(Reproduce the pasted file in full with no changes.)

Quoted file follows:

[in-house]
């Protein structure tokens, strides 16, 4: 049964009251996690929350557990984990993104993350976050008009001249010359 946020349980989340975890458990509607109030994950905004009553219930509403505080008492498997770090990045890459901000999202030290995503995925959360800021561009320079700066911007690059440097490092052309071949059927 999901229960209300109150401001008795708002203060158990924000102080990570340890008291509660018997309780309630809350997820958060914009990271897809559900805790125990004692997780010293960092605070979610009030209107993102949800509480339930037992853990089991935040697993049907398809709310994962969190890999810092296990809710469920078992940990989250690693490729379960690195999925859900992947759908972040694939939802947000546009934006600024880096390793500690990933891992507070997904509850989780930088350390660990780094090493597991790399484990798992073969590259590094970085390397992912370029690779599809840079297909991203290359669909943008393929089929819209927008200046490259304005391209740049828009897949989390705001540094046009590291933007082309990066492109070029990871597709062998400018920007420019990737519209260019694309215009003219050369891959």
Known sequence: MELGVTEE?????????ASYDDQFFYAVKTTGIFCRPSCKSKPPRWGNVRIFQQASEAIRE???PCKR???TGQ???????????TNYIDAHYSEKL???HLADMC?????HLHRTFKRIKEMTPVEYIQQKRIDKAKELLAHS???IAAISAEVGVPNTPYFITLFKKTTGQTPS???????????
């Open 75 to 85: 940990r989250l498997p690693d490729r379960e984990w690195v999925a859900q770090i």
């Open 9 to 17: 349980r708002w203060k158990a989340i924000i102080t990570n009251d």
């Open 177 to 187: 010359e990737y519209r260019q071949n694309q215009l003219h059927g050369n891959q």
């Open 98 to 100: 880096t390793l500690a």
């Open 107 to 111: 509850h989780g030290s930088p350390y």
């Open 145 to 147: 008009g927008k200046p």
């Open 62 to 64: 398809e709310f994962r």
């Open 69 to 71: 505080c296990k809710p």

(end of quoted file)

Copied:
[in-house]
């Protein structure tokens, strides 16, 4: 049964009251996690929350557990984990993104993350976050008009001249010359 946020349980989340975890458990509607109030994950905004009553219930509403505080008492498997770090990045890459901000999202030290995503995925959360800021561009320079700066911007690059440097490092052309071949059927 999901229960209300109150401001008795708002203060158990924000102080990570340890008291509660018997309780309630809350997820958060914009990271897809559900805790125990004692997780010293960092605070979610009030209107993102949800509480339930037992853990089991935040697993049907398809709310994962969190890999810092296990809710469920078992940990989250690693490729379960690195999925859900992947759908972040694939939802947000546009934006600024880096390793500690990933891992507070997904509850989780930088350390660990780094090493597991790399484990798992073969590259590094970085390397992912370029690779599809840079297909991203290359669909943008393929089929819209927008200046490259304005391209740049828009897949989390705001540094046009590291933007082309990066492109070029990871597709062998400018920007420019990737519209260019694309215009003219050369891959």
Known sequence: MELGVTEE?????????ASYDDQFFYAVKTTGIFCRPSCKSKPPRWGNVRIFQQASEAIRE???PCKR???TGQ???????????TNYIDAHYSEKL???HLADMC?????HLHRTFKRIKEMTPVEYIQQKRIDKAKELLAHS???IAAISAEVGVPNTPYFITLFKKTTGQTPS???????????
């Open 75 to 85: 940990r989250l498997p690693d490729r379960e984990w690195v999925a859900q770090i």
């Open 9 to 17: 349980r708002w203060k158990a989340i924000i102080t990570n009251d």
């Open 177 to 187: 010359e990737y519209r260019q071949n694309q215009l003219h059927g050369n891959q």
């Open 98 to 100: 880096t390793l500690a």
């Open 107 to 111: 509850h989780g030290s930088p350390y």
């Open 145 to 147: 008009g927008k200046p």
């Open 62 to 64: 398809e709310f994962r």
């Open 69 to 71: 505080c296990k809710p």